But the Big 12 is still getting paid at the rate of its peers.

The league’s contracts with ESPN and FOX combined with its 10-team set up have allowed the Big 12 to keep pace with the SEC and Big Ten and remain ahead of the ACC and Pac-12 in financial distribution. The Dallas Morning News‘s Big 12 writer Chuck Carlton tweeted on Friday the league’s per-school distribution will again grow 10 percent to more than $33 million in 2017-18.

The SEC distributed just north of $40 million in 2016-17, while the Big Ten was at $33 million by 2014-15.

However, since the Big 12 does not have its own television network, its conference distributions do not include third-tier rights, which its schools keep and sell on their own — like the Longhorn Network. So schools like Texas, Oklahoma and Kansas are likely getting paid equal or above their SEC and Big Ten peers.

Now if only they could start recruiting and winning like them, too.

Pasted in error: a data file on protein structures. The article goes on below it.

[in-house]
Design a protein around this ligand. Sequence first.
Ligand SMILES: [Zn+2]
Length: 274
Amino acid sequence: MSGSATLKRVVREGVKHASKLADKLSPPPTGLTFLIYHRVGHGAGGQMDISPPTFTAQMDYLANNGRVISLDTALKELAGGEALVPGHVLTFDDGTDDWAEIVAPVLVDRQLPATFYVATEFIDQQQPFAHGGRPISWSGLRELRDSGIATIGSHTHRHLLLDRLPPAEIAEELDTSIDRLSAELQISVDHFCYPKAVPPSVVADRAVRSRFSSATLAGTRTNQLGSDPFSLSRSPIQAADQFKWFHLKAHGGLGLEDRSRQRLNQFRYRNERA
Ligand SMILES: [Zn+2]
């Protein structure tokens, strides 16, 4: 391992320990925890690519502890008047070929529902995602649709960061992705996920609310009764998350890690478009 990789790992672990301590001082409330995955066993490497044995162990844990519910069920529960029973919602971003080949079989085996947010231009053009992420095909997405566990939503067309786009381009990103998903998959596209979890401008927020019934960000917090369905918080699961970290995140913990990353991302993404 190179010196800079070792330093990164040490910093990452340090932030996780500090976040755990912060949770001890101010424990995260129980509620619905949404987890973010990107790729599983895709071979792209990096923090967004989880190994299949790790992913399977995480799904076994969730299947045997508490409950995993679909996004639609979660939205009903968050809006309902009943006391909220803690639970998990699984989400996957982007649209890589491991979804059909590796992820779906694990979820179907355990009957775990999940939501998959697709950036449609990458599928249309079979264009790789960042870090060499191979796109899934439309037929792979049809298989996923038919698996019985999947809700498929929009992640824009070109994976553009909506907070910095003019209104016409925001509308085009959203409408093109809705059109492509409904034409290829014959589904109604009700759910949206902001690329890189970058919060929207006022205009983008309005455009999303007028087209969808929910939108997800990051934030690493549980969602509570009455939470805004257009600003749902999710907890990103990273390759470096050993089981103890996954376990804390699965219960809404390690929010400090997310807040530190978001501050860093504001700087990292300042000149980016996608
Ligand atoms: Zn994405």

Former Texas DT Jordan Elliott headed to Mizzou

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Former Texas defensive tackle Jordan Elliott will now be a Missouri Tiger, he announced on Friday.

Elliott chose Missouri to follow Brick Haley, his defensive line coach in Austin that landed at Mizzou after Charlie Strong‘s firing.

“They’re a program that’s on the come up, SEC ball is the highest level,” Elliott said in an interview with Power Mizzou. “Coach Haley is one of the best D-Line coaches out there. Missouri’s a powerhouse for defensive linemen. They’re coming and going first round every year. That’s real appealing to me.